What the groundhog saw on February 2, 2012
Given our class of 17 has only 3 females including me, that means most of my fellow students are male, I miss some of the women with whom I have taken classes these past few years, but they are not into nineteenth century political economy. They have been concentrating on the European track as I have done most of my career in the history department. I don’t know what they took this semester, but I could not take one more course on WWII or Nazi Germany our scant offerings this semester as most of the good guys are on sabbatical.
Only one other student in my class this semester, Gary, is in the European track. We have had several courses together but he is more interested in the Elizabethan Period or Renaissance than I am. He reviewed my research paper last semester. While I wrote about a murder and trial in 1901 in East Anglia, he wrote about the Popish Plot in sixteenth century England.
Speaking historically, we are centuries apart, but we sit next to each other facing the formidable phalanx of energetic and knowledgeable American history students. These young men are so intense, and they have absorbed so much American history….the British colonial period, the Revolution, the Civil War, the settlement of the West…they are primed and ready.
The seminar conversation moves rapidly. Whip, whip, whip. That’s my head spinning, trying to get a word in edgewise. Gary is completely silent. Finally, I get a break. K mentions Manchester, the birthplace of classical liberalism in nineteenth century England. Although he has looked it up on the Internet, and lamely tries to explain it, I take over. K and I know each other from a course on the history of the American Corporation so he doesn’t object.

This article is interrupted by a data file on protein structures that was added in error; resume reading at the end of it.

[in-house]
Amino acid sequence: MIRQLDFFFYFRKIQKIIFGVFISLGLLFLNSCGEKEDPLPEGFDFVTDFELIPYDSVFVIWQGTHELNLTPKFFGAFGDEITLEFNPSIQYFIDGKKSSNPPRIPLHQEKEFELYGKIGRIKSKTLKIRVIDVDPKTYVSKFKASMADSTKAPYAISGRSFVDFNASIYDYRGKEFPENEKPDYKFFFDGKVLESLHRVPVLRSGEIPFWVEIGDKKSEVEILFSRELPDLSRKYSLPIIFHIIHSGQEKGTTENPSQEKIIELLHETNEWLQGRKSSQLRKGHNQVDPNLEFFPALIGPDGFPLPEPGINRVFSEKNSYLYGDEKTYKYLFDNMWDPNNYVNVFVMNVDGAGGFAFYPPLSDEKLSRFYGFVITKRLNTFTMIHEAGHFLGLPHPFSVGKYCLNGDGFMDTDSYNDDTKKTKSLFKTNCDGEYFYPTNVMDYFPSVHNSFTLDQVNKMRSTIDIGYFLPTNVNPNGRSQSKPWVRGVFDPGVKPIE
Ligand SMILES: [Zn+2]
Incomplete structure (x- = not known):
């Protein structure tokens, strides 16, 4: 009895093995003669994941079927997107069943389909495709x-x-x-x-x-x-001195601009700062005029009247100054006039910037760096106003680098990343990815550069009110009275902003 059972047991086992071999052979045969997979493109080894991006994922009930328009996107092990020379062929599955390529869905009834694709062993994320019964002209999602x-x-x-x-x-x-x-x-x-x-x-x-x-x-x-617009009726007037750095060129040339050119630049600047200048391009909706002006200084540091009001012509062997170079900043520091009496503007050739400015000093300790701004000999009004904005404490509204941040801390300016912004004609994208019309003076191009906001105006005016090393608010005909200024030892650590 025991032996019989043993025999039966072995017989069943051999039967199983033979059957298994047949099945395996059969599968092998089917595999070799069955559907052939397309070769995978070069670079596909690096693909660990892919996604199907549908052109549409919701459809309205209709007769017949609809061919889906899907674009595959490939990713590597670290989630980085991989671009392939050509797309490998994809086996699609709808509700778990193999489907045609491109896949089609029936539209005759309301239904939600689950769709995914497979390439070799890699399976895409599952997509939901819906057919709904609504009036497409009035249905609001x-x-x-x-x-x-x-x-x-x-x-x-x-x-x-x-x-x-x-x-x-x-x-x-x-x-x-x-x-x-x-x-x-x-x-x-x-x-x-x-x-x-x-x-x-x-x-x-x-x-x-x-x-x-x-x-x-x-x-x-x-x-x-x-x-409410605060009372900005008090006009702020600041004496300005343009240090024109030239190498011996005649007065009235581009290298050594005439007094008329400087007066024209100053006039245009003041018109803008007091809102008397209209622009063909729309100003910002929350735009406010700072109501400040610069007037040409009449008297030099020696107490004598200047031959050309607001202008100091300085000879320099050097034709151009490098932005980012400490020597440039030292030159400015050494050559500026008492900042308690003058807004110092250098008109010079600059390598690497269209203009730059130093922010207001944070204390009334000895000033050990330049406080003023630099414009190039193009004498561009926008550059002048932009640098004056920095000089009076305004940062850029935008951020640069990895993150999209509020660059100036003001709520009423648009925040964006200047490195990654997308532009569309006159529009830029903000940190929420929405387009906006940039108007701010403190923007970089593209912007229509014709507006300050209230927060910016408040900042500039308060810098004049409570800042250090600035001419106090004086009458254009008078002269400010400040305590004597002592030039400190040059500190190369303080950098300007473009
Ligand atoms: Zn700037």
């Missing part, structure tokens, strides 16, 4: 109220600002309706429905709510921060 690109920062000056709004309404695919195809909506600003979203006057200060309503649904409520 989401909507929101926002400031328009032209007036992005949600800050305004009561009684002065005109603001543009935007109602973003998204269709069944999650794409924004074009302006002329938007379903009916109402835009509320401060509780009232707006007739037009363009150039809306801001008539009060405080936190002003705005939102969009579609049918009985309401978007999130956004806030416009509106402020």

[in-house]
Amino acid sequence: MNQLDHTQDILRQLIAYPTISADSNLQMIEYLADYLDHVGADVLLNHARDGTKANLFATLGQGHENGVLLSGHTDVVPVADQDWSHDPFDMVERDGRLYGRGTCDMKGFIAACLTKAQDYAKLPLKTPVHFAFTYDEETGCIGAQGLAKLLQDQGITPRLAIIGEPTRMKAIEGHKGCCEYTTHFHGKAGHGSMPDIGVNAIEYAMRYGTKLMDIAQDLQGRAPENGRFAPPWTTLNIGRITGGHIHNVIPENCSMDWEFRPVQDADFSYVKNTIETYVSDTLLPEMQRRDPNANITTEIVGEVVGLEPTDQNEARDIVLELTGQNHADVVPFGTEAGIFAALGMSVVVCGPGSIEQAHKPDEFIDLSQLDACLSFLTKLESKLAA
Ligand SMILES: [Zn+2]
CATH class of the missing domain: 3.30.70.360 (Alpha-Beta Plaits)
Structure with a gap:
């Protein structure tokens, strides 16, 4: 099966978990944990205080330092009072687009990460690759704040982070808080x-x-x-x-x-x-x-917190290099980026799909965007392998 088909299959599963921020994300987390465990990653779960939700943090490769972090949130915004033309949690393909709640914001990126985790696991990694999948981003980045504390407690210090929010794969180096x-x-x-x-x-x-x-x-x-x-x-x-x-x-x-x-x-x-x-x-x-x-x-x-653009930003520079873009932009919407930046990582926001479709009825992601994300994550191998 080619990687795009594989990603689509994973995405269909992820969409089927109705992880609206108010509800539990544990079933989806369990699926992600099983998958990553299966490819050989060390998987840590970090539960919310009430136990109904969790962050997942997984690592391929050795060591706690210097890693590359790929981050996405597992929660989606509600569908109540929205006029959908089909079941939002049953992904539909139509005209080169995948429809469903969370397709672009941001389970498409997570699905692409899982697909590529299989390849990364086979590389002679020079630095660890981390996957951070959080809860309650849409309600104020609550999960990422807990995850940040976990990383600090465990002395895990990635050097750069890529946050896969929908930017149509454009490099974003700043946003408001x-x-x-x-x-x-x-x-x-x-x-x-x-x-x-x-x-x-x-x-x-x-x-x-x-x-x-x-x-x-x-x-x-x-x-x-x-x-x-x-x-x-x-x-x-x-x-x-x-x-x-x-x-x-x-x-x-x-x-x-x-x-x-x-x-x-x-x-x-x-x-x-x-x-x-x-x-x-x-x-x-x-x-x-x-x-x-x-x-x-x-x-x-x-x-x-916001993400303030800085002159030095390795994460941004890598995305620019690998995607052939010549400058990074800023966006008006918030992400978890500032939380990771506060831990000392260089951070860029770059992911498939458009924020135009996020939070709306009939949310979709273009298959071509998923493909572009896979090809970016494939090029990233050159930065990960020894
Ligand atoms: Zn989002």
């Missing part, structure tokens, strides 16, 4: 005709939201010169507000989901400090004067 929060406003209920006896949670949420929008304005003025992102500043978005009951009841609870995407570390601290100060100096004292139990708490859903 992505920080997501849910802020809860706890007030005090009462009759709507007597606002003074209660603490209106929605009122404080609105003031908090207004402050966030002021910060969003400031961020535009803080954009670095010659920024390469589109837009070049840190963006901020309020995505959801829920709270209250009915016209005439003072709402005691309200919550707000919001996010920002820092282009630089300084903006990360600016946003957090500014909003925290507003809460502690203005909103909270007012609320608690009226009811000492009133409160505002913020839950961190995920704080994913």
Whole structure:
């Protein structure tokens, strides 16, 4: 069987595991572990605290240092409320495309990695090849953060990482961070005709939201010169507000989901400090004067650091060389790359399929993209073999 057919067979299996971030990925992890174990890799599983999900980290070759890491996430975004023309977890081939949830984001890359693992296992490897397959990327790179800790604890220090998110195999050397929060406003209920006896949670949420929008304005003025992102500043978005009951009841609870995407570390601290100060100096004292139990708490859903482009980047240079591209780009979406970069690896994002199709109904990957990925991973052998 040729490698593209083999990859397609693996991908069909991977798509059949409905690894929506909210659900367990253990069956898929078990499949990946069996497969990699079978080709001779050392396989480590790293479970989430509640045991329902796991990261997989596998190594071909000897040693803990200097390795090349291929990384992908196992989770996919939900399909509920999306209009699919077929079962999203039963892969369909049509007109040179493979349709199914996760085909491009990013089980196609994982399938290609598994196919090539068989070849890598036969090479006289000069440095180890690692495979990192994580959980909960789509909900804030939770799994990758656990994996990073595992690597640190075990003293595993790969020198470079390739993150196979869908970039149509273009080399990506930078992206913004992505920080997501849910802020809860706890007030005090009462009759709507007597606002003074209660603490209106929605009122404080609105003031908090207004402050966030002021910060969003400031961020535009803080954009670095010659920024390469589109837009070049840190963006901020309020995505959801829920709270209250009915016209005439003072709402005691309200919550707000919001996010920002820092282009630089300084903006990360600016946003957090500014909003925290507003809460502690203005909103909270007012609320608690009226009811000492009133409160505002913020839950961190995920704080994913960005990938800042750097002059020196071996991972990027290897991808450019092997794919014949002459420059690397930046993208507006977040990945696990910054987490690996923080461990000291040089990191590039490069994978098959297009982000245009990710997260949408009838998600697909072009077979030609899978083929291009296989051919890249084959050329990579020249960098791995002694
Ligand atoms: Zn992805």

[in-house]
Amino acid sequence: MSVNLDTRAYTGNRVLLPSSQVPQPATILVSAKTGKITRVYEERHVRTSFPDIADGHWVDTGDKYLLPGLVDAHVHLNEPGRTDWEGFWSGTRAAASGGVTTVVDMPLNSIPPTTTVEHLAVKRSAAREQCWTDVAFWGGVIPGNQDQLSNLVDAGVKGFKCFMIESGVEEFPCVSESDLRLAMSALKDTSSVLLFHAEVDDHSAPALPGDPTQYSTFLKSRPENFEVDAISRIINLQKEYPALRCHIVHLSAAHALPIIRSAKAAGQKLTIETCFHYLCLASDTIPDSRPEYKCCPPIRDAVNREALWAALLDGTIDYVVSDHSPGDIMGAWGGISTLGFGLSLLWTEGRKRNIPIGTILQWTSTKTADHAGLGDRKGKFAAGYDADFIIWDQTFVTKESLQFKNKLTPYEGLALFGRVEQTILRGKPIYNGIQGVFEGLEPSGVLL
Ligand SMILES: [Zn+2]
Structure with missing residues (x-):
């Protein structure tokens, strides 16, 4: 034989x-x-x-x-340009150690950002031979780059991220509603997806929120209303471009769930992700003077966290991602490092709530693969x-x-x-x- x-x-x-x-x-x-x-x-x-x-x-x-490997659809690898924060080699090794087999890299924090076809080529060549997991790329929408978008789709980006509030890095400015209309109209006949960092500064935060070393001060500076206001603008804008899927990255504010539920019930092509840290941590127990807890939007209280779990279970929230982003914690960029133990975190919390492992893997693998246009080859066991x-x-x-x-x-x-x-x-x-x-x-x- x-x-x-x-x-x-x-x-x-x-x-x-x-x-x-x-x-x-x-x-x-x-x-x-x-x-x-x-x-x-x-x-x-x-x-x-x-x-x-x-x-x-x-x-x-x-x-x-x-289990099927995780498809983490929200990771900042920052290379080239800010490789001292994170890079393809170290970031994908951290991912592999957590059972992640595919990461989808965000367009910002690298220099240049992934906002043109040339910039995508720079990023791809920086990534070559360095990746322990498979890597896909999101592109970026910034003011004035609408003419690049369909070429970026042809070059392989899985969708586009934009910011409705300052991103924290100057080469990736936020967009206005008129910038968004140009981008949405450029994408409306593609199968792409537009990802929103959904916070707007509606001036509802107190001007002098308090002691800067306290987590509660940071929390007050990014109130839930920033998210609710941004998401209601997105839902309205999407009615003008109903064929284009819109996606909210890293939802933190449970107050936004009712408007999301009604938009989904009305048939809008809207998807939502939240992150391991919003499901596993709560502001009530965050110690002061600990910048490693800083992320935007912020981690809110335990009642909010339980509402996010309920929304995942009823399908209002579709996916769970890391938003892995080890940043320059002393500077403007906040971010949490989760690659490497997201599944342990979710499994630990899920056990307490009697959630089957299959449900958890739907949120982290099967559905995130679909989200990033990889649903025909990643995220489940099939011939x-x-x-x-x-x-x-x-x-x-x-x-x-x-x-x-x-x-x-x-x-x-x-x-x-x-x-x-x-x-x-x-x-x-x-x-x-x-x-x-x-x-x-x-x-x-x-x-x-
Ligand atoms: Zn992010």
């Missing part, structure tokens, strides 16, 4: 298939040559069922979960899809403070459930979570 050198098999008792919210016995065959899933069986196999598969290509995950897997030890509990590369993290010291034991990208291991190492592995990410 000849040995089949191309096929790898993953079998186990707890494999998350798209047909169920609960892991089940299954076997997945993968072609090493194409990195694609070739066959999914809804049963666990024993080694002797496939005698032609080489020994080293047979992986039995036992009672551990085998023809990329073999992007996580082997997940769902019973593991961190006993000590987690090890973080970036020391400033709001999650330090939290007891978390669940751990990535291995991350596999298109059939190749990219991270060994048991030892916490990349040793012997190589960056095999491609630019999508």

Okay, okay, I know I am a political junkie but this topic involves Europe and economics. Besides, I had written a paper on the city of Manchester in England that focused on the period when classical liberalism was embraced by the common people at the urging of their industrial masters.
Sometimes, being a political junkie pays dividends.
Here’s an excerpt from Wiki about classical liberalism:
Classical liberalism is the philosophy committed to the ideal of limited government, constitutionalism, rule of law, due process, and liberty of individuals including freedom of religion, speech, press, assembly, and free markets. Classical liberalism is not social liberalism which has its roots in the Progressive era.